So you have the perfect vehicle that your partner co-signed on, but they weren’t quite as much of a match, so now what do you do about the loan?
You are both technically responsible for the loan.
Regardless of who uses the car, or one decides to keep it, both persons are responsible for making that payment. This can be quite tricky to coordinate, especially if the break up isn’t very amicable. One person could say they will make the payments but not follow through or be late. This will have a negative effect on both persons credit rating. To be safe and for the sake of protecting your own credit score, it is best to either have yourself removed from the loan and give up the vehicle or have the other person and removed and keep the vehicle.
Unfortunately, it’s not as easy as just calling the finance company and having a person removed. Both persons signed a legal contract to pay for the vehicle. When you purchased the vehicle, the payments are calculated based on the financial circumstances and income of both persons. This means the situation changes when one person is removed.
What are the options for removing a person?
It isn’t going to be easy, but this is probably the best option if one person wants to keep the vehicle. The bank or finance company will re-asses the financial situation of the one person who wants to keep the vehicle. It will be like buying it again. The person who is to be removed from the loan will sign the paperwork for selling the vehicle, thus removing their name from the vehicle and loan. This can be done at a dealership or bank. The outcome of this will depend on the financial situation of the person buying. It may decrease or increase payments. This, however, might not be an option for the person wanting to keep the vehicle if they do not have good enough credit or income to be able to qualify for a loan by themselves.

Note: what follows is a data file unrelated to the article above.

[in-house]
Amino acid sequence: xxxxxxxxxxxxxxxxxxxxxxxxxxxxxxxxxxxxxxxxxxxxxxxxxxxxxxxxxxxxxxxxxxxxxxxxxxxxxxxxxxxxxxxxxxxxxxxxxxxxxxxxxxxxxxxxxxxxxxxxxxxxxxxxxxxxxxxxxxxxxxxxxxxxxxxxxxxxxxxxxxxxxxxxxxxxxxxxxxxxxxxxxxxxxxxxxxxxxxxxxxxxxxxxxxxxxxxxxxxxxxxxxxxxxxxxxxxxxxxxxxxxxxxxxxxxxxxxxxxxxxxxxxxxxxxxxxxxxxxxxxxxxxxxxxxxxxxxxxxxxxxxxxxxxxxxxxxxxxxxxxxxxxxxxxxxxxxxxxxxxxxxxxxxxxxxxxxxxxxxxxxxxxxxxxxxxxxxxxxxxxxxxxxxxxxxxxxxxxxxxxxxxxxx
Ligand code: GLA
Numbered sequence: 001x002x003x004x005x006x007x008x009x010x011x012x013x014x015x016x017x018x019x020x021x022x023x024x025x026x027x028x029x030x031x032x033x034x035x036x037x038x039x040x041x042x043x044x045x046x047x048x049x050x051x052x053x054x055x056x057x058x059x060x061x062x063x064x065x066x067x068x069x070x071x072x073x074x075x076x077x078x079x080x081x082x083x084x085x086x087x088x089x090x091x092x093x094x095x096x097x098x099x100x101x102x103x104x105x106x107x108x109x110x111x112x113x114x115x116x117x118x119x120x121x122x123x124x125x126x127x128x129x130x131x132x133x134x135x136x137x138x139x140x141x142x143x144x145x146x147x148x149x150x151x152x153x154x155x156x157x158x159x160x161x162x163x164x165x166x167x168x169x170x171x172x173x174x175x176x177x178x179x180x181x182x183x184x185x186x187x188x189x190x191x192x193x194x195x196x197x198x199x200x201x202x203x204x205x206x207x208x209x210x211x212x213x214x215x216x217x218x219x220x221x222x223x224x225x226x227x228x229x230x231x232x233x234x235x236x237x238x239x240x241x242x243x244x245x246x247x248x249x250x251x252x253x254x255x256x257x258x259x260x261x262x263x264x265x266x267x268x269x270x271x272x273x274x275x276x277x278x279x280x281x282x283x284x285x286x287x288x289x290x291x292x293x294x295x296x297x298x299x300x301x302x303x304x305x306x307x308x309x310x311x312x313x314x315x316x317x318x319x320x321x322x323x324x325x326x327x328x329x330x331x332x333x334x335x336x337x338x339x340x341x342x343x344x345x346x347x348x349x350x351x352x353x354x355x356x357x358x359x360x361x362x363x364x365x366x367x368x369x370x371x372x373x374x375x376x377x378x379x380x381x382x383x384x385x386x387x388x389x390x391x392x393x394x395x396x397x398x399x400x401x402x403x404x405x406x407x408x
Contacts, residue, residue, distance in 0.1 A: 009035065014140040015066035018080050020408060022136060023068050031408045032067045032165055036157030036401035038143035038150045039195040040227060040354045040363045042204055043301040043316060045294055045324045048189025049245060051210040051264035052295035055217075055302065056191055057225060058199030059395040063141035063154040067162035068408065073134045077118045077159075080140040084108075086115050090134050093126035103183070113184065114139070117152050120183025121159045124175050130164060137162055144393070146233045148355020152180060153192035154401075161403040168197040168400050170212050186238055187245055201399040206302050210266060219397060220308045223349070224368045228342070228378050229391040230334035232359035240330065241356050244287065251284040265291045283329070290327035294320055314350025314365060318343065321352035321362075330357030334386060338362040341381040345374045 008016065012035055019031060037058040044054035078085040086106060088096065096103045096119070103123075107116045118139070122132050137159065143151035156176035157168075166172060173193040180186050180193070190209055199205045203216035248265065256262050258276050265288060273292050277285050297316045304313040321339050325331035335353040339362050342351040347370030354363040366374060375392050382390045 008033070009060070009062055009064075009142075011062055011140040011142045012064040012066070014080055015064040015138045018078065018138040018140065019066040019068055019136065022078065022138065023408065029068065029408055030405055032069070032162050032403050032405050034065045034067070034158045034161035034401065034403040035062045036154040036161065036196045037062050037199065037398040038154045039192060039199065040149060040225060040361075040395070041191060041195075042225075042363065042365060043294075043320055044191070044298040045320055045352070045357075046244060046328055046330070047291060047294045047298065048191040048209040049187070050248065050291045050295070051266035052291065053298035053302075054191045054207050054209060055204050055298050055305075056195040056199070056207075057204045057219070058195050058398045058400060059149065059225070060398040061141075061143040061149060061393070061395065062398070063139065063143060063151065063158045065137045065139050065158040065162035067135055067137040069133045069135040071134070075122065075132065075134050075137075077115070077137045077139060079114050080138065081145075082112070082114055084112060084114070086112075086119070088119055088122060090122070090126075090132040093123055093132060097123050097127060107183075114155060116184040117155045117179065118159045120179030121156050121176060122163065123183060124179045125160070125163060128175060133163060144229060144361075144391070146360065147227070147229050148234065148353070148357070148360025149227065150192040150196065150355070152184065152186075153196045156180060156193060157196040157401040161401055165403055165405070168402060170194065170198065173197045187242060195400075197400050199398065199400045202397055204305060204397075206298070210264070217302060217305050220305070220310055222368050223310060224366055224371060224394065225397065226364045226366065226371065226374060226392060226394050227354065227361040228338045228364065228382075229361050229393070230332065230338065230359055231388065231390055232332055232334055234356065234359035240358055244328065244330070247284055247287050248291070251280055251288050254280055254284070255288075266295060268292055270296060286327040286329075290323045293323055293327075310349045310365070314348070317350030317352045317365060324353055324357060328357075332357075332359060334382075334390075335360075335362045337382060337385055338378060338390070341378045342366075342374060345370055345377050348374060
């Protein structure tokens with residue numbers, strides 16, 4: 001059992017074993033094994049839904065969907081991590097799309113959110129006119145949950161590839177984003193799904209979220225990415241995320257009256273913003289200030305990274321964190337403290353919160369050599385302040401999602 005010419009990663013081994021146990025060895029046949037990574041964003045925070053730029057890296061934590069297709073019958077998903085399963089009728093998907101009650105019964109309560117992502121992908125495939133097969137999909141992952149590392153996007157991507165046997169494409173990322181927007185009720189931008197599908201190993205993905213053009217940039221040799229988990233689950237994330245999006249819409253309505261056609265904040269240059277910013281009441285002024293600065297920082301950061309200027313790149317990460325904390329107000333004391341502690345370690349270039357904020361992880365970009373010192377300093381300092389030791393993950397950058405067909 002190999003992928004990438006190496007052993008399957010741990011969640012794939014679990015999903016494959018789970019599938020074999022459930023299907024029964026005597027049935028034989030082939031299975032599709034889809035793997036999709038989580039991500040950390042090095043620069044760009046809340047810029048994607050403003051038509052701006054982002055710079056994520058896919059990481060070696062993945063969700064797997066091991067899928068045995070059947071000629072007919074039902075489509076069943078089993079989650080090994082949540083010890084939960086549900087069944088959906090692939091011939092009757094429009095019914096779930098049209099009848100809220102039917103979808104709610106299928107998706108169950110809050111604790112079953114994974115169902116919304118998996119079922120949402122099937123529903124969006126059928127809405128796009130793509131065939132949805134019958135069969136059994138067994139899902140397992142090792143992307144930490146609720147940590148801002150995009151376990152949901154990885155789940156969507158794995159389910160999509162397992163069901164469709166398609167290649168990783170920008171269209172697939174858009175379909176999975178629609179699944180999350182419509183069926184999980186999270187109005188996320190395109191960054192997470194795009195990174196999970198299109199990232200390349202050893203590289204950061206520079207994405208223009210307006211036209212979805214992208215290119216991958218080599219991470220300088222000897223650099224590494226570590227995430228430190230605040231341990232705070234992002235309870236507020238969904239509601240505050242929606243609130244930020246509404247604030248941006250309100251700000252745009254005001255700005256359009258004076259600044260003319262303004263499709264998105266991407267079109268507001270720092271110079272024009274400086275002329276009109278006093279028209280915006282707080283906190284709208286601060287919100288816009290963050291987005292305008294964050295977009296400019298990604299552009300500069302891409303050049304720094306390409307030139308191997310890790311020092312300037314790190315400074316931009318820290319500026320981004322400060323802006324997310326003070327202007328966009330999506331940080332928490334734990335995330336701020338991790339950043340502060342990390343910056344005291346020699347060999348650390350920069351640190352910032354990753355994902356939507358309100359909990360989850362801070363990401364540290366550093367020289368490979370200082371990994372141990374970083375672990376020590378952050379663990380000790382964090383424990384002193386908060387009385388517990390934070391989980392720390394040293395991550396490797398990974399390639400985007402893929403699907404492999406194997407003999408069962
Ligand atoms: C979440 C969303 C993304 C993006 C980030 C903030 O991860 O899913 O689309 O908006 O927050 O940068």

2. Sell the vehicle
If neither person can qualify for refinancing the vehicle or neither person wants to keep the vehicle, sell it. You can ask your local dealer if they would buy it from you or take it as a trade-in. Selling it privately is also an option, but remember both parties are still responsible for making the payments until it is sold and the loan is paid off. You will have to sell it for the full amount owed on the vehicle (the payoff) or be able to pay the difference to clear the loan. The title will not be released until the loan is completely cleared (paid off).
3. Pay off the loan
If you happen to have enough equity, cash, or assets that you can free up the amount needed to pay off the loan, you can do this allowing both persons to be free from the loan. For example, if you sell a house and have enough money left, use this money to pay off the car loan. You will still need to have the other person removed from the title though. Contact your local county clerk’s office for more information on how to do this.
4. Seek legal advice
If divorce is on the table and a compromise about assets and vehicles cannot be made amicably, is it best to seek legal advice.
Lauren has been working in the automotive industry both in the U.K and in the U.S. for over 10 years. She has driven hundreds of vehicles, not only new cars but beaters without heaters, fast cars on fire, slow cars in snow, off-road trucks in the mucks, and old pickups with pups. She’s driven heaps of Jeeps, miles in muscle and once took her gran in a car from Japan.